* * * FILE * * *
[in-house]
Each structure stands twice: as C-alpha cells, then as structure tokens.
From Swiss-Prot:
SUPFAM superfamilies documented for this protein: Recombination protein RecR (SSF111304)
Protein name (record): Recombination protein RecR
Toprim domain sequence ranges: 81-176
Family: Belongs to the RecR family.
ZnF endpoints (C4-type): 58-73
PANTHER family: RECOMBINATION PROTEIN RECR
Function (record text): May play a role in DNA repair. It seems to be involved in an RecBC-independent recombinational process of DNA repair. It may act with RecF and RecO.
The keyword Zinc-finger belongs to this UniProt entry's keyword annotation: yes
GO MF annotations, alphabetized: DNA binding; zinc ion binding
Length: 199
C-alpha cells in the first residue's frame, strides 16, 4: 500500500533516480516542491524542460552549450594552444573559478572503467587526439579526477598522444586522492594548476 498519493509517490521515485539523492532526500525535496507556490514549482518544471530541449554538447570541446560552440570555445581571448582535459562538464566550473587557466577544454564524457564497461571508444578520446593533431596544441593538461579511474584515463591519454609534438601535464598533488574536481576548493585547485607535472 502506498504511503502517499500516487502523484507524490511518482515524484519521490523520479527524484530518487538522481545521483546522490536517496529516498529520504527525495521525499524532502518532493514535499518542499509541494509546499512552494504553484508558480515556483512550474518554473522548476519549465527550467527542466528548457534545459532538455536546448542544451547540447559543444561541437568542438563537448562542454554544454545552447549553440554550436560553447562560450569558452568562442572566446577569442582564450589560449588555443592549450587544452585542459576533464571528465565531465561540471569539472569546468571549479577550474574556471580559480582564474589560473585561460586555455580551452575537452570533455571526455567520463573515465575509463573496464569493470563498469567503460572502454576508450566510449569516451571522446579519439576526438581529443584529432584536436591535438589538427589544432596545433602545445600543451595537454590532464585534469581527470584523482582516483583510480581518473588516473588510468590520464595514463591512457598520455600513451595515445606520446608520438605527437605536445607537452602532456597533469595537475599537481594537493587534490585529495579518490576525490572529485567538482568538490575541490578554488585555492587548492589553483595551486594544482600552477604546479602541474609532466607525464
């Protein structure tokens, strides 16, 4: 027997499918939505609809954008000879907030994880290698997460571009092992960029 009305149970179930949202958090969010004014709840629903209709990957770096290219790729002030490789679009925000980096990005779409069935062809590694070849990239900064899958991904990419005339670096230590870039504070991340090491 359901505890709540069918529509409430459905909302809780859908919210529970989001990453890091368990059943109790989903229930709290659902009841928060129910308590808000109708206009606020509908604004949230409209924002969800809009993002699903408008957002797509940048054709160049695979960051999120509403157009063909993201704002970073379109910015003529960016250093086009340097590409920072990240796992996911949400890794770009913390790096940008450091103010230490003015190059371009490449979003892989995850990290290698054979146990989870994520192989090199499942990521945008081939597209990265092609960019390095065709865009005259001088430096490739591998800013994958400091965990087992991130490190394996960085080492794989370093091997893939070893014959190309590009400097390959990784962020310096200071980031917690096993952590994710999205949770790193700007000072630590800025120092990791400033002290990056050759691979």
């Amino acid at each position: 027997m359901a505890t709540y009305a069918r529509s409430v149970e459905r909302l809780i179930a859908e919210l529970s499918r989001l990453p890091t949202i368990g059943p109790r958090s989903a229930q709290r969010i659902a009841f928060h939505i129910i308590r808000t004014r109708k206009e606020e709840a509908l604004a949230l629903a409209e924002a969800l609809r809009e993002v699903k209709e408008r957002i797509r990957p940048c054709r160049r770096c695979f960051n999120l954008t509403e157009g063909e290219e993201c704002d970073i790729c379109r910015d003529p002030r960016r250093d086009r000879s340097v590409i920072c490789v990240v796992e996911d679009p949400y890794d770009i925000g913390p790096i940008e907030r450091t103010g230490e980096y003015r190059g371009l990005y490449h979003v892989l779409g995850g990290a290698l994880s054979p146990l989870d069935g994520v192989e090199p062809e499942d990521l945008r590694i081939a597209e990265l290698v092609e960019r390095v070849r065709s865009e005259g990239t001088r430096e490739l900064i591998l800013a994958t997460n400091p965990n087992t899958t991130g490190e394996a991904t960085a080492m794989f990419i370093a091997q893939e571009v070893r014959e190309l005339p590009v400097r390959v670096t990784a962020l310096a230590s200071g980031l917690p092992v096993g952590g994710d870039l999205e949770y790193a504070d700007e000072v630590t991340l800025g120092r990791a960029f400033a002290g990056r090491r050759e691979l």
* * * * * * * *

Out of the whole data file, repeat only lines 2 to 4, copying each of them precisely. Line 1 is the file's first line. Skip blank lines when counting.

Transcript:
Each structure stands twice: as C-alpha cells, then as structure tokens.
From Swiss-Prot:
SUPFAM superfamilies documented for this protein: Recombination protein RecR (SSF111304)